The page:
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Stanley Sadie

English town on the Thames, near Oxford. It was an important centre for Handel revivals in the 1960s and 70s. Performances, modest in scale but noted for their spirit and enthusiasm, were given in the Unicorn Theatre (built in the granary of the 14th-century abbey) and twice in a civic hall, were directed and translated by Alan Kitching and were conducted and costumed (until her death in 1968) by Frances Kitching. Given by amateurs and advanced students until 1970, when they became professional, they began with Orlando in 1959; then followed, from 1961 to 1964, Partenope, Floridante, Agrippina and Admeto, and from 1966 to 1974 Poro, Giustino, Flavio, Sosarme, Il pastor fido, Arminio, Tolomeo and Arianna in Creta (Lotario was also given by the company, at Henley, in 1975). Most were modern premières. Several performances were repeated elsewhere, notably three at the City of London Festival.

A. Kitching...

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(b Riverside, ny , 1878; d New York, Feb 9, 1919). American soprano . She appeared first with her sister Jessie in vaudeville, then, in London, in operetta; she was heard there in 1898 by Jean de Reszke, who helped her to study in Paris with Victor Capoul and Mathilde Marchesi. Her début at the Opéra as Juliet in ...

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Elizabeth Forbes

(‘The Departure’)

Musikalisches Lustspiel in one act by Eugen d’ Albert to a libretto by Ferdinand von Sporck after a comedy by August von Steigentesch (1828); Frankfurt, 28 October 1898.

The action takes place in late 18th-century Germany. Gilfen (baritone), whose relationship with his wife Luise (soprano) has cooled, debates whether or not to go on a long-planned but much delayed journey: an absence might help his marriage, but he is suspicious of the motives of his friend Trott (tenor) in encouraging the journey and making the necessary arrangements. Finally Gilfen pretends to leave, but returns almost at once, to discover that Trott has wasted no time before pressing his attentions on Luise. Gilfen and his wife are reconciled, while it is Trott who takes the journey he has so carefully planned.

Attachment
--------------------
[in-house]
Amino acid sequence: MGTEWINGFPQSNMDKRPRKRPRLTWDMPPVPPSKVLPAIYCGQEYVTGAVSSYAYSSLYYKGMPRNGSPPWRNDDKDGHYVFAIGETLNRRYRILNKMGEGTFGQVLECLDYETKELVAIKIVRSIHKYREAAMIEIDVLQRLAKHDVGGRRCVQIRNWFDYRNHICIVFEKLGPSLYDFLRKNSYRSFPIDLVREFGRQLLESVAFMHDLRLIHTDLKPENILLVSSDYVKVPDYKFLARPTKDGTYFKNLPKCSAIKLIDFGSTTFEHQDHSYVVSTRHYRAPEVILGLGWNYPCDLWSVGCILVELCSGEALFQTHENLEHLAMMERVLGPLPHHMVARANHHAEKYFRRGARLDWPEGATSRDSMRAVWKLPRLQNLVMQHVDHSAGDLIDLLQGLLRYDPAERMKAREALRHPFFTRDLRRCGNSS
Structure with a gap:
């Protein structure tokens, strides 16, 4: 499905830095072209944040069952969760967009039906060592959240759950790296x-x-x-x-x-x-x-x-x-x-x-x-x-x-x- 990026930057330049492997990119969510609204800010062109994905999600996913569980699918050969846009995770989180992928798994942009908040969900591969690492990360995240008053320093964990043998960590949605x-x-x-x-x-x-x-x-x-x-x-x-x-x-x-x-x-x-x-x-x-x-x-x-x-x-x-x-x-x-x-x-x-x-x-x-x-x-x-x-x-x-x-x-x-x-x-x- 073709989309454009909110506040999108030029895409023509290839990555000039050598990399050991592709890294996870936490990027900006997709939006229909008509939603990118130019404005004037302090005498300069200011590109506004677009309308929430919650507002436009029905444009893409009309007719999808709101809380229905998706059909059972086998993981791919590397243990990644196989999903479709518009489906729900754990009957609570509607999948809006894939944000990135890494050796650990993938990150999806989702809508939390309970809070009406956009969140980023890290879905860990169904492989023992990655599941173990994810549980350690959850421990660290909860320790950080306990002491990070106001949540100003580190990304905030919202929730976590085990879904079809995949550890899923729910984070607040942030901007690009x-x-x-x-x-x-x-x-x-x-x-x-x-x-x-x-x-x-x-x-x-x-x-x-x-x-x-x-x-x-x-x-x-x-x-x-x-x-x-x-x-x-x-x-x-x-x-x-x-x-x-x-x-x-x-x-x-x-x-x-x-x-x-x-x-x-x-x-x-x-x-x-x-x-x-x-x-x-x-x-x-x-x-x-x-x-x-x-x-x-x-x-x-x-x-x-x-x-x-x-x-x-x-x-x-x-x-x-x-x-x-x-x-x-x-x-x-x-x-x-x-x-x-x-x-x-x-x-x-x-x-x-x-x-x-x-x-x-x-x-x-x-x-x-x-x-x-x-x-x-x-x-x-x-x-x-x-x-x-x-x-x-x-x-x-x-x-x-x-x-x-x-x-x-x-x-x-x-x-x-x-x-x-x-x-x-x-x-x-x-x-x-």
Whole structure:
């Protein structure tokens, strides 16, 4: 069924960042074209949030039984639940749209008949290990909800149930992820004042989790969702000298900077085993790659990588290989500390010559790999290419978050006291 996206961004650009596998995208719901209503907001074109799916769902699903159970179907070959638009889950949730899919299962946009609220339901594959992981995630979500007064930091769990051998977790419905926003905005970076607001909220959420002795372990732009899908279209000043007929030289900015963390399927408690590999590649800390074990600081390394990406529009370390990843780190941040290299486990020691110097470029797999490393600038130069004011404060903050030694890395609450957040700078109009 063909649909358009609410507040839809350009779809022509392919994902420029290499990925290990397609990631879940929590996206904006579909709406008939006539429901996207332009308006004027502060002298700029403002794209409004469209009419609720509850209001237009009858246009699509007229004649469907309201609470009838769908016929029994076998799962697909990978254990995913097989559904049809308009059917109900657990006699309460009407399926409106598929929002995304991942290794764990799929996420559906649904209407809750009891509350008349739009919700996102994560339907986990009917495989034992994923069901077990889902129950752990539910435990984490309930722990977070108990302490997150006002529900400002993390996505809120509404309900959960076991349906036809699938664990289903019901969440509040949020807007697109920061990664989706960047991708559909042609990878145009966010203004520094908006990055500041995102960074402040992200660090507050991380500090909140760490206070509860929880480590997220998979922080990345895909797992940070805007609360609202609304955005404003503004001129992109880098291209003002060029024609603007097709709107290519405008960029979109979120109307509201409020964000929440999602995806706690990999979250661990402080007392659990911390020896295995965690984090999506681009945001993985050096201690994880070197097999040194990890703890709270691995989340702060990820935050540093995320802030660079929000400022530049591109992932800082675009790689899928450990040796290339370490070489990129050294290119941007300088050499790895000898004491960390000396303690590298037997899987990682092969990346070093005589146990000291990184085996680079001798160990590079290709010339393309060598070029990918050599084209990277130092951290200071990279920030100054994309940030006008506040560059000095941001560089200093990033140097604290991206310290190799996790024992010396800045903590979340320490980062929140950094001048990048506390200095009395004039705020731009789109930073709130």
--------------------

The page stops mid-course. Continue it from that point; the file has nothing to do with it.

D’Albert’s lighthearted score shows little or no trace of the verismo style that he cultivated in Tiefland and some of his later works. The influence of Cornelius and of the German romantics such as Lortzing is much stronger, though d’Albert, a musician of mixed cultural heritage, also owed, at least in this delightful piece, a certain allegiance to French style at the end of the 19th century as represented by Chabrier....

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Erik Levi

(‘Abstract Opera no.1’)

Opera in one act, op.43, by Boris Blacher to a libretto by Werner Egk; Mannheim, Nationaltheater, 17 October 1953 (previously broadcast on Hessischer Rundfunk, 28 June 1953).